There was an existence of a contract between the two parties which is made impossible to perform by the adverse weather conditions. These conditions are outside the defendant’s control and he must be excused from performance as well as damages. In law, the party who fails to perform must give notice to the other party of the impediment and its effect on its ability to perform. If such notice is not received by the other party within a reasonable time after the party who fails to perform knew or ought to have known of the impediment, he is liable for damages resulting from such non-receipt.
On the other hand, the contract stated clearly and explicitly that time was of the essence and the defendant must have delivered the painting on time. Therefore, the delivery of the painting after the required time equals to the material making the defendant liable for damages incurred by the plaintiff. Just because the job performance has become physically impossible, does not necessarily mean that the breaching party will no longer be liable for any damages caused by breach of contract. However, the question of whether or not the discharge will be granted almost always depends on the facts of the case.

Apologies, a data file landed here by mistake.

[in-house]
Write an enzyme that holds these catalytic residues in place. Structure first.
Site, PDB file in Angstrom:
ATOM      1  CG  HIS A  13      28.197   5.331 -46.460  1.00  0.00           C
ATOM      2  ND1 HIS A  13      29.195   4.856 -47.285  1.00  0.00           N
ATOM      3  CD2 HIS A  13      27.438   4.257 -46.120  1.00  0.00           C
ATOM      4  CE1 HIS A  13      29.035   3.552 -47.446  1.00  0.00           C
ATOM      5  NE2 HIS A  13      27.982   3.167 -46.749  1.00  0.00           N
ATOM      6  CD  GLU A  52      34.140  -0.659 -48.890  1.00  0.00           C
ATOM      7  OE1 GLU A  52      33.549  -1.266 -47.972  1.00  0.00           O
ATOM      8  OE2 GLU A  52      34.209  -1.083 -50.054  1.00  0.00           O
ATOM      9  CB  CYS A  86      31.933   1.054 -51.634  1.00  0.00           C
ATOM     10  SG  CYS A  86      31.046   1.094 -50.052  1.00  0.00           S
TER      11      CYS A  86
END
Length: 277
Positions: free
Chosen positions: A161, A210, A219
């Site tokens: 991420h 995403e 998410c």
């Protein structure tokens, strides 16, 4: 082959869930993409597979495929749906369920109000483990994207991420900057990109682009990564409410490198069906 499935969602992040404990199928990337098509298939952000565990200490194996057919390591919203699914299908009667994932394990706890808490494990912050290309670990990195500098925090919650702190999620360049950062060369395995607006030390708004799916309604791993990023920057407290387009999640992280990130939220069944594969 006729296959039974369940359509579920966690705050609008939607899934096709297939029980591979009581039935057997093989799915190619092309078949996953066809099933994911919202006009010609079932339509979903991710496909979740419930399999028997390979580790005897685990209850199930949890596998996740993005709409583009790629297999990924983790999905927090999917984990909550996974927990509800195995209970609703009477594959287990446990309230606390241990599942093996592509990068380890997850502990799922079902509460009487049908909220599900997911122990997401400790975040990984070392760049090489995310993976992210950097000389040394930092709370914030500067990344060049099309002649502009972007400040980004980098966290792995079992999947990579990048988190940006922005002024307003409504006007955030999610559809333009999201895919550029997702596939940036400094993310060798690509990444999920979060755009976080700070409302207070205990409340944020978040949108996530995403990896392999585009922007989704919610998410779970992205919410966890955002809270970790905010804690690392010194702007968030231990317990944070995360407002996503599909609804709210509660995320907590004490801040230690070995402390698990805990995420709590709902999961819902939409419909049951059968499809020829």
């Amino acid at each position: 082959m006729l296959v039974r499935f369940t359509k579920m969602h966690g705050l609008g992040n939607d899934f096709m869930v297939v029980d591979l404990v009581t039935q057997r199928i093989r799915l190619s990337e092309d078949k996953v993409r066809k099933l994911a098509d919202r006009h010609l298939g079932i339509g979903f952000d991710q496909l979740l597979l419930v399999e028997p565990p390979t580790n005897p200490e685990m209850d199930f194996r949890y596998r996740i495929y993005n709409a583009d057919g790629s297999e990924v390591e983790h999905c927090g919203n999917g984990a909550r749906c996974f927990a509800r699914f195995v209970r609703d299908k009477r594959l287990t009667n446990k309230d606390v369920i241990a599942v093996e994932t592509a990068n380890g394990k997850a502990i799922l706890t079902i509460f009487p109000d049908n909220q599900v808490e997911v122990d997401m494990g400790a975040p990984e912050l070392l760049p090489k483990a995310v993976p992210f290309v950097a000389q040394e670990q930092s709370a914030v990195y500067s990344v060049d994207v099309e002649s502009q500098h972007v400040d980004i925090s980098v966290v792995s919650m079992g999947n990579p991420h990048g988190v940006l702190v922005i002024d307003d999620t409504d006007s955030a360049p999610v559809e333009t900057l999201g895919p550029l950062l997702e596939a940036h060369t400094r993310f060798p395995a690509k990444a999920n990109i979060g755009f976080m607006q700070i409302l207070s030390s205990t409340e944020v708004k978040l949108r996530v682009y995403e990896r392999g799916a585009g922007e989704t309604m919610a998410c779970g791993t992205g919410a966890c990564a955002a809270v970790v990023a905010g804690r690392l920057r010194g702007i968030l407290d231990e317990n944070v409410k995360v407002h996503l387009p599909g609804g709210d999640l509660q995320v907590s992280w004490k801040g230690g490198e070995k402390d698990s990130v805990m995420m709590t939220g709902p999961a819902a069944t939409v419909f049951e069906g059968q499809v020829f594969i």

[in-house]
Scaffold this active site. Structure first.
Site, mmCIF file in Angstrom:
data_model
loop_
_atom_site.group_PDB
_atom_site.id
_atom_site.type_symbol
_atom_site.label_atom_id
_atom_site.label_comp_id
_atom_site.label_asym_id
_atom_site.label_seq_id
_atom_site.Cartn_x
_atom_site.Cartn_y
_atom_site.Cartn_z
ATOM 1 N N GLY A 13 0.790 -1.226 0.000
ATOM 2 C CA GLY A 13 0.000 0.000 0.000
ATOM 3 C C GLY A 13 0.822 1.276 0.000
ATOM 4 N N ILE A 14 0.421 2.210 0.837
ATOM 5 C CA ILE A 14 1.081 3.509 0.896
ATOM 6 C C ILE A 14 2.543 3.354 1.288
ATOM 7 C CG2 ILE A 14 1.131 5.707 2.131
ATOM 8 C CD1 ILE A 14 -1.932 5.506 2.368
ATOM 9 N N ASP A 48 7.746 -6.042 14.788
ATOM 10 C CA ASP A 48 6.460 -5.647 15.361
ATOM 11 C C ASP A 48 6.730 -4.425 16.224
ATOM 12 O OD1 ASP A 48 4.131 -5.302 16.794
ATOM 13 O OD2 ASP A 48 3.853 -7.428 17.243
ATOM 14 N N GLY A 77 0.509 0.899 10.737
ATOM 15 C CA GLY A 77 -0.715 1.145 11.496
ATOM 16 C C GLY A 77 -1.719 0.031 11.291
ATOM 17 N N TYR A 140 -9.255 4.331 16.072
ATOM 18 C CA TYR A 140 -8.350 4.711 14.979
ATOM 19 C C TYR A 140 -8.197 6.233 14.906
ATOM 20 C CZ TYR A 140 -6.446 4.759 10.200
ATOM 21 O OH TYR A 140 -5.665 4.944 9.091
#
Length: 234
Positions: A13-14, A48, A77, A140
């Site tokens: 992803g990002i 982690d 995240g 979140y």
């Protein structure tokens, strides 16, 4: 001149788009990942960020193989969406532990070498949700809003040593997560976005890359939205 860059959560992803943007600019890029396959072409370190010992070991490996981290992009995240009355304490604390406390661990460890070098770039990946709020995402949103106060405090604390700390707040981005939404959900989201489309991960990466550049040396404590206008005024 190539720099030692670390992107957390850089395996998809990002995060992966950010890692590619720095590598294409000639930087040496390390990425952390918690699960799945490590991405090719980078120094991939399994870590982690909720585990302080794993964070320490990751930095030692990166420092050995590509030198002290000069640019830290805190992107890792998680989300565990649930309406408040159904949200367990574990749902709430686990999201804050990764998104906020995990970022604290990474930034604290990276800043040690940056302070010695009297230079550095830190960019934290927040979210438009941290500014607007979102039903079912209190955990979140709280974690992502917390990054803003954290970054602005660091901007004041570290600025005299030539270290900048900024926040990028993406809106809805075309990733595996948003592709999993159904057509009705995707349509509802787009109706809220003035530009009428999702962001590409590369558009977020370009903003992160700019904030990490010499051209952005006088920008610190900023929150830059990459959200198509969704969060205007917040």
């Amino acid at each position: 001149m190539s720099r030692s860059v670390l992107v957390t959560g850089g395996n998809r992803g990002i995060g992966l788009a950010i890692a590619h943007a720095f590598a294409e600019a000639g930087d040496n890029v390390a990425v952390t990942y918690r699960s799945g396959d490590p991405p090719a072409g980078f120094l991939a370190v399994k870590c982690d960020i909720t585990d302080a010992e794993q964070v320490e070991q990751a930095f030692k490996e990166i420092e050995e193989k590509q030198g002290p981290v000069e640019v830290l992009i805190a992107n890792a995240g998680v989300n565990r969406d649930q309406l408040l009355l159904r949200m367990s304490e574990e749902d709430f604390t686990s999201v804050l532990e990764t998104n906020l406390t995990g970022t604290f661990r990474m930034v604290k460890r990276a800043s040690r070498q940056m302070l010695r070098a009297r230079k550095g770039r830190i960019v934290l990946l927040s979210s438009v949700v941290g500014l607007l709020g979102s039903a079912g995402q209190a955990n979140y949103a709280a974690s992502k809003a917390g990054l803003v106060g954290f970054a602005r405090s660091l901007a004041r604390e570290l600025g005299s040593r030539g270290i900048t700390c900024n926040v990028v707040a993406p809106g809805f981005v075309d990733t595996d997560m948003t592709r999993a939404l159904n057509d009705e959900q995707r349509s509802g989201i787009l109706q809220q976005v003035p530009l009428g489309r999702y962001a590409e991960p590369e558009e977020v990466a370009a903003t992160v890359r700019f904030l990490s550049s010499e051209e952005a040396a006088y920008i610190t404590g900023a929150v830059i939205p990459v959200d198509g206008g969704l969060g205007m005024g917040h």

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C advances to D Rs. 5000 on guarantee of A ,the loan carries an interest of 10% per annum, D becomes financially embarrassed subsequently, On D’s request C reduces the interest to six percent and does not sue D for one year after the loan becomes due, D becomes insolvent, Can C sue A.